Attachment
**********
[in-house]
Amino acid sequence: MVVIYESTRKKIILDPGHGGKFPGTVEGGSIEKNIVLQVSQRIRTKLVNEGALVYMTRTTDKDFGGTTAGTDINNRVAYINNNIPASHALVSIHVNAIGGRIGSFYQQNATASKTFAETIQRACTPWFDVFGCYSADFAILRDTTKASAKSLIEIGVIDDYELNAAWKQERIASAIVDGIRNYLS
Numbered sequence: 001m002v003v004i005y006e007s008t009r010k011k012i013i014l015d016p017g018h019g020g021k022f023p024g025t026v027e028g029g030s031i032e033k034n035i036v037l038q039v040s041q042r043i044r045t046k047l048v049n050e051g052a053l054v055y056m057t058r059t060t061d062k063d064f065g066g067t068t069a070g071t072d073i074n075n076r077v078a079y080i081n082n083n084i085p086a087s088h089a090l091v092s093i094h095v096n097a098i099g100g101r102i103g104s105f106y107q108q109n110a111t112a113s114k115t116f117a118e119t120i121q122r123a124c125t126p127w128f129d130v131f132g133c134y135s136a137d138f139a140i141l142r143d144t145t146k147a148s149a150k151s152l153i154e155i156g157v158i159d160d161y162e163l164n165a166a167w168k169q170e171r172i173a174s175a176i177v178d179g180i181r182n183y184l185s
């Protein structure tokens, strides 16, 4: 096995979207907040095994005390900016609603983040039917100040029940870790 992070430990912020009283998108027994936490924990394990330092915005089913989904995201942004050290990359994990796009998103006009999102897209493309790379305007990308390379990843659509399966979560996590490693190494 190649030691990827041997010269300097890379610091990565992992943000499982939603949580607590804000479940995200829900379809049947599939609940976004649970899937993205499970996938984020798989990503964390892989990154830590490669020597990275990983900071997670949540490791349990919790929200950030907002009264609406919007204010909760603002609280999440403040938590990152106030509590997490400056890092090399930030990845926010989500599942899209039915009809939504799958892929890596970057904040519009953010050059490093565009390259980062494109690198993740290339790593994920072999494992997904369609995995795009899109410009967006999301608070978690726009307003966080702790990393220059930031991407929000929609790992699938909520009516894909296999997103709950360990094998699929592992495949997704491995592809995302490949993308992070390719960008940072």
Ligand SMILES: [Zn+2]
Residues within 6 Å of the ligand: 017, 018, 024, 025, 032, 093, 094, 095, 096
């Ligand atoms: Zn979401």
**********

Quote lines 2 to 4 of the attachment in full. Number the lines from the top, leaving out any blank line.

Amino acid sequence: MVVIYESTRKKIILDPGHGGKFPGTVEGGSIEKNIVLQVSQRIRTKLVNEGALVYMTRTTDKDFGGTTAGTDINNRVAYINNNIPASHALVSIHVNAIGGRIGSFYQQNATASKTFAETIQRACTPWFDVFGCYSADFAILRDTTKASAKSLIEIGVIDDYELNAAWKQERIASAIVDGIRNYLS
Numbered sequence: 001m002v003v004i005y006e007s008t009r010k011k012i013i014l015d016p017g018h019g020g021k022f023p024g025t026v027e028g029g030s031i032e033k034n035i036v037l038q039v040s041q042r043i044r045t046k047l048v049n050e051g052a053l054v055y056m057t058r059t060t061d062k063d064f065g066g067t068t069a070g071t072d073i074n075n076r077v078a079y080i081n082n083n084i085p086a087s088h089a090l091v092s093i094h095v096n097a098i099g100g101r102i103g104s105f106y107q108q109n110a111t112a113s114k115t116f117a118e119t120i121q122r123a124c125t126p127w128f129d130v131f132g133c134y135s136a137d138f139a140i141l142r143d144t145t146k147a148s149a150k151s152l153i154e155i156g157v158i159d160d161y162e163l164n165a166a167w168k169q170e171r172i173a174s175a176i177v178d179g180i181r182n183y184l185s
């Protein structure tokens, strides 16, 4: 096995979207907040095994005390900016609603983040039917100040029940870790 992070430990912020009283998108027994936490924990394990330092915005089913989904995201942004050290990359994990796009998103006009999102897209493309790379305007990308390379990843659509399966979560996590490693190494 190649030691990827041997010269300097890379610091990565992992943000499982939603949580607590804000479940995200829900379809049947599939609940976004649970899937993205499970996938984020798989990503964390892989990154830590490669020597990275990983900071997670949540490791349990919790929200950030907002009264609406919007204010909760603002609280999440403040938590990152106030509590997490400056890092090399930030990845926010989500599942899209039915009809939504799958892929890596970057904040519009953010050059490093565009390259980062494109690198993740290339790593994920072999494992997904369609995995795009899109410009967006999301608070978690726009307003966080702790990393220059930031991407929000929609790992699938909520009516894909296999997103709950360990094998699929592992495949997704491995592809995302490949993308992070390719960008940072």